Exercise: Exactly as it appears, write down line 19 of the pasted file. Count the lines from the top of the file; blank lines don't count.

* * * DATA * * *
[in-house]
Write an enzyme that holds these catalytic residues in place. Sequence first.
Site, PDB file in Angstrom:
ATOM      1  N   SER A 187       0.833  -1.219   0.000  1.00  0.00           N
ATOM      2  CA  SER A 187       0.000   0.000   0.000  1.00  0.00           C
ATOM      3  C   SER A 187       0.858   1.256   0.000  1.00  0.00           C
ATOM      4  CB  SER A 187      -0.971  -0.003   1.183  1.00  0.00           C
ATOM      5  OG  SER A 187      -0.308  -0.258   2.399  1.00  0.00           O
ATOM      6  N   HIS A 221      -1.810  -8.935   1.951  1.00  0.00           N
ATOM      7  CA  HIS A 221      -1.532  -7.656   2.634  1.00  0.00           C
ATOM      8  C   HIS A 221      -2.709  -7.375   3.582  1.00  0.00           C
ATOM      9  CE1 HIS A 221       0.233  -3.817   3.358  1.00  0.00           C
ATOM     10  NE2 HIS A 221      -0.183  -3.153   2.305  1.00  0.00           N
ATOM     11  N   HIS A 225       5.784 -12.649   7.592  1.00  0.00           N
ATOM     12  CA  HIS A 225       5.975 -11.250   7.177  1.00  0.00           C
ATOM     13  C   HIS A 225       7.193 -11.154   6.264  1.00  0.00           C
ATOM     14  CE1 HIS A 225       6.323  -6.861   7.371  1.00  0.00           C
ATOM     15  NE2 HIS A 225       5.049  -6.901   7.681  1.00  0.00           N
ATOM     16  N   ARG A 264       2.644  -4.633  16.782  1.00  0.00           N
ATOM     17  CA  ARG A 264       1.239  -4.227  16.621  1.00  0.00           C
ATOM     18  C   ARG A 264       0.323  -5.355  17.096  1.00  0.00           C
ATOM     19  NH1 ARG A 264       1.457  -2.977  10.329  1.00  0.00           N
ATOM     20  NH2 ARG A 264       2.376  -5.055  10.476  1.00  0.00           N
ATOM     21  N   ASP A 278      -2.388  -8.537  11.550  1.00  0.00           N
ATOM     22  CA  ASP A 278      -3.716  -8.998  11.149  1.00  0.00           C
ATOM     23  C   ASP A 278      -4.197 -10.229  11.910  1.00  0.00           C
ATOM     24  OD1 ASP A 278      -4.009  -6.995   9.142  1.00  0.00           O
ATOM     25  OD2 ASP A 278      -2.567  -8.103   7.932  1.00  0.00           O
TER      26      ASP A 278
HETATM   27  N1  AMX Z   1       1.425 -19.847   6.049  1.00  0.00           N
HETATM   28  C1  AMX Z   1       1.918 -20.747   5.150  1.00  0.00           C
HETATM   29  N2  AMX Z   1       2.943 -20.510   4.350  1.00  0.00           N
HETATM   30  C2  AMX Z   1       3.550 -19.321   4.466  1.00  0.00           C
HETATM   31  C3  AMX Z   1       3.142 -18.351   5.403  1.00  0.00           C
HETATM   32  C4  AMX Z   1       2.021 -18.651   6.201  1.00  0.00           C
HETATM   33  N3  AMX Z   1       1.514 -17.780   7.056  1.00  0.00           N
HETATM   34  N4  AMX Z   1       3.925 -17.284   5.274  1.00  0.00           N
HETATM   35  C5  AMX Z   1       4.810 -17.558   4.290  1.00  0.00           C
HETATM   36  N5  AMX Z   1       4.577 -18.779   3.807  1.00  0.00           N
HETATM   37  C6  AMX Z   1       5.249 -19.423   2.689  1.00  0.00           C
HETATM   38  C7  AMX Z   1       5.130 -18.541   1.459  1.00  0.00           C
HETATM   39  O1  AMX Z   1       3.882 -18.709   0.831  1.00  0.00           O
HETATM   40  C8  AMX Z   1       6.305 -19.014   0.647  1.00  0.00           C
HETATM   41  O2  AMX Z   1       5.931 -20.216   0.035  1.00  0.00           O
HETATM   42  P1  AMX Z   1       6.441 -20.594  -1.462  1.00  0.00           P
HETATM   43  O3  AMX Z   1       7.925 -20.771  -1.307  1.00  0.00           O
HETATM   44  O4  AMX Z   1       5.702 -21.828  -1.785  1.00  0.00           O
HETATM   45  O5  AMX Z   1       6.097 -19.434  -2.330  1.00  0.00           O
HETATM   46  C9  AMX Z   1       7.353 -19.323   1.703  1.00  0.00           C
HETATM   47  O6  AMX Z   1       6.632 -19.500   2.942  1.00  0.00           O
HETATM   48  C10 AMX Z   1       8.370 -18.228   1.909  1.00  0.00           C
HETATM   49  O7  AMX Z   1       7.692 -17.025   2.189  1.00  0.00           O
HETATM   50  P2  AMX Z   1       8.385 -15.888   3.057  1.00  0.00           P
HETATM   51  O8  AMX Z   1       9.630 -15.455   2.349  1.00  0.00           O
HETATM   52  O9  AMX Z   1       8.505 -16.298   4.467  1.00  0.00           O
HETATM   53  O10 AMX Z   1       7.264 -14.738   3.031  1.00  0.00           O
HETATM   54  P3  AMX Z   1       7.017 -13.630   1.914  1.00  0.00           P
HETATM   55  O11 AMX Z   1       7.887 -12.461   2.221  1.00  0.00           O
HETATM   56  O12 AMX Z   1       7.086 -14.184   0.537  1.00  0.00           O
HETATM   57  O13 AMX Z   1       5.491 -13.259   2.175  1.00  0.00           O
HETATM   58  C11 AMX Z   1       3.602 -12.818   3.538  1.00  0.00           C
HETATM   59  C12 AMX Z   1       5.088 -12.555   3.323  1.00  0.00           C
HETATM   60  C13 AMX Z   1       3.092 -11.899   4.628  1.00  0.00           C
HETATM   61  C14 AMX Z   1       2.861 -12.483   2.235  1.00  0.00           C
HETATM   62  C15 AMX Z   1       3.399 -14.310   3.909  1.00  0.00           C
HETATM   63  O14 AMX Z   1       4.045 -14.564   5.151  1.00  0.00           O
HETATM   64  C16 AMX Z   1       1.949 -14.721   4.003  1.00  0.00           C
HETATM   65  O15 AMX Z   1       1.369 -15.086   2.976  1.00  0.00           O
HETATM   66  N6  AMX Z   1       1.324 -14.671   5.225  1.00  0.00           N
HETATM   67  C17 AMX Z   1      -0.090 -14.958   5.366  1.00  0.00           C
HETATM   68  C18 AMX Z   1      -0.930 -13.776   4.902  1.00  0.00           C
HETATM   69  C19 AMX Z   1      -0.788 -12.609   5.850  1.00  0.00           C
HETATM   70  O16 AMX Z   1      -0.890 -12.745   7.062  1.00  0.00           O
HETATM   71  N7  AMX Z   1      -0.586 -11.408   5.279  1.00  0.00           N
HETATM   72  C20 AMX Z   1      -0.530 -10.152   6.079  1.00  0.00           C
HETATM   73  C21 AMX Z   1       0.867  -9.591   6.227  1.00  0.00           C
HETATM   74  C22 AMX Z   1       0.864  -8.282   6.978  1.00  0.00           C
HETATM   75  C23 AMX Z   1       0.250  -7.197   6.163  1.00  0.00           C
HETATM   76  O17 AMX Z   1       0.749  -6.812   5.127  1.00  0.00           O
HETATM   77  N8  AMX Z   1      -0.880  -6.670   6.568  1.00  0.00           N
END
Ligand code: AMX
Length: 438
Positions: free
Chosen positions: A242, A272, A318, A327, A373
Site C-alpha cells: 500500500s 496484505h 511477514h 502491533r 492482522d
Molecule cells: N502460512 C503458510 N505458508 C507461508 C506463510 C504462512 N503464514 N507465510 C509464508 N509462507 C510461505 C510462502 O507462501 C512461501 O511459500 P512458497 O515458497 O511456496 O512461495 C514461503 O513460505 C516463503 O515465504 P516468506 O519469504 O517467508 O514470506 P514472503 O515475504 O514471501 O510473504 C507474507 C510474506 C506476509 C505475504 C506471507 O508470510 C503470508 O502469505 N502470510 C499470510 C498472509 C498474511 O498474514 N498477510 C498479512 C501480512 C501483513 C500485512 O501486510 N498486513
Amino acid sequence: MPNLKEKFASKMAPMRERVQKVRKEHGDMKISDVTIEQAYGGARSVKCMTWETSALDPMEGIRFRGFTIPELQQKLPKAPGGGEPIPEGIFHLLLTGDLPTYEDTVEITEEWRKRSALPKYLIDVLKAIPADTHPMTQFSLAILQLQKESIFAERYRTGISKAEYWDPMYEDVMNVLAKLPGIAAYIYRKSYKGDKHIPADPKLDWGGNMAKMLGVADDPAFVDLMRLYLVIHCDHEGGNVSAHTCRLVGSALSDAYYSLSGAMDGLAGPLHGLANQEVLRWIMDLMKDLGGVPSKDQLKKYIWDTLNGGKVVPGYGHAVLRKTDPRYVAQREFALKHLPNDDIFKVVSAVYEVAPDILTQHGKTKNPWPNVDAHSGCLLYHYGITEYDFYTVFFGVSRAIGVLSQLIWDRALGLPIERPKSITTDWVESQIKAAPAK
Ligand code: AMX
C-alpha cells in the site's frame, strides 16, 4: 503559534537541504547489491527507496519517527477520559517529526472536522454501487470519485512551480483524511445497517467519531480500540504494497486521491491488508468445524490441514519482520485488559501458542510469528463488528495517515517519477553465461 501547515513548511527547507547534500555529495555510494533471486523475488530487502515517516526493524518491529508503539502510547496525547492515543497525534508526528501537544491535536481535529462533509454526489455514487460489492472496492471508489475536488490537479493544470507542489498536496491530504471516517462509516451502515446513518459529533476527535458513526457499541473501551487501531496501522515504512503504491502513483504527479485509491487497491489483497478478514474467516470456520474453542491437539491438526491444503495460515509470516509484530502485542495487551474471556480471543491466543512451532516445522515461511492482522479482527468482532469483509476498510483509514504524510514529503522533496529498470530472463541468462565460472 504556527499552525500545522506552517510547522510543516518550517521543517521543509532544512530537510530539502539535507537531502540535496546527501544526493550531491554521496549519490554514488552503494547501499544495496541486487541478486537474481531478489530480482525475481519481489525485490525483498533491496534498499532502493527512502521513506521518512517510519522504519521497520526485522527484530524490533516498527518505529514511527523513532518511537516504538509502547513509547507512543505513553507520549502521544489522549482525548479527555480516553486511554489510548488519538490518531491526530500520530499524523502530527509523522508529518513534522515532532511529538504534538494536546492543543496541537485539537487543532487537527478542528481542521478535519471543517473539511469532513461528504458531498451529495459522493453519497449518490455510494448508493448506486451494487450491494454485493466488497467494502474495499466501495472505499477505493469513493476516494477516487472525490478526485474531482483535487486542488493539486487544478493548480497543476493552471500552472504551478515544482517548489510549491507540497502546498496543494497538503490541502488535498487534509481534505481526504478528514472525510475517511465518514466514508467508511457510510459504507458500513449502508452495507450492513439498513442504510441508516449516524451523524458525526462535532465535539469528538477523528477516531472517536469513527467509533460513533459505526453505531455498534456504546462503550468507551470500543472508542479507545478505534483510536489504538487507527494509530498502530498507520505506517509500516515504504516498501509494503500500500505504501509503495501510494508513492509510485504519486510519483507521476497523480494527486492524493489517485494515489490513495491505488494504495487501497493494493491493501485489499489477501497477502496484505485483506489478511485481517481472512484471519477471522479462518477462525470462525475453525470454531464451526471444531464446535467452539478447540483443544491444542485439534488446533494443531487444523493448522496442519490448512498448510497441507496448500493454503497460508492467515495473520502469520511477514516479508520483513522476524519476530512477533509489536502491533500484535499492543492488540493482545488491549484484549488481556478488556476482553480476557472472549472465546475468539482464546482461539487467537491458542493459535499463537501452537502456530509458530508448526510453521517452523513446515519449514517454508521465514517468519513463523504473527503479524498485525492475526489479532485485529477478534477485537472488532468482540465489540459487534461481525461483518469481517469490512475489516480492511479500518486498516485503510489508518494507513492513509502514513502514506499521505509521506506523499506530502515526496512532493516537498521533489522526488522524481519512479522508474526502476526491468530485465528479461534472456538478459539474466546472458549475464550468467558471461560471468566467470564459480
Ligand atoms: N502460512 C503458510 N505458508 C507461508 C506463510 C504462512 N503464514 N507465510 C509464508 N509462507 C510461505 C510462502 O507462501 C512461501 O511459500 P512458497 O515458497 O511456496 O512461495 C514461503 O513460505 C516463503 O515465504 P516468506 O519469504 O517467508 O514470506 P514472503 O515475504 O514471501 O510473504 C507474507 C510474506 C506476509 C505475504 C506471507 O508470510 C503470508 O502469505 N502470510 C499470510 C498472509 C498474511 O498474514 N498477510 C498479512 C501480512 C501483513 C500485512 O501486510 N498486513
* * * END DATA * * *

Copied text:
ATOM     16  N   ARG A 264       2.644  -4.633  16.782  1.00  0.00           N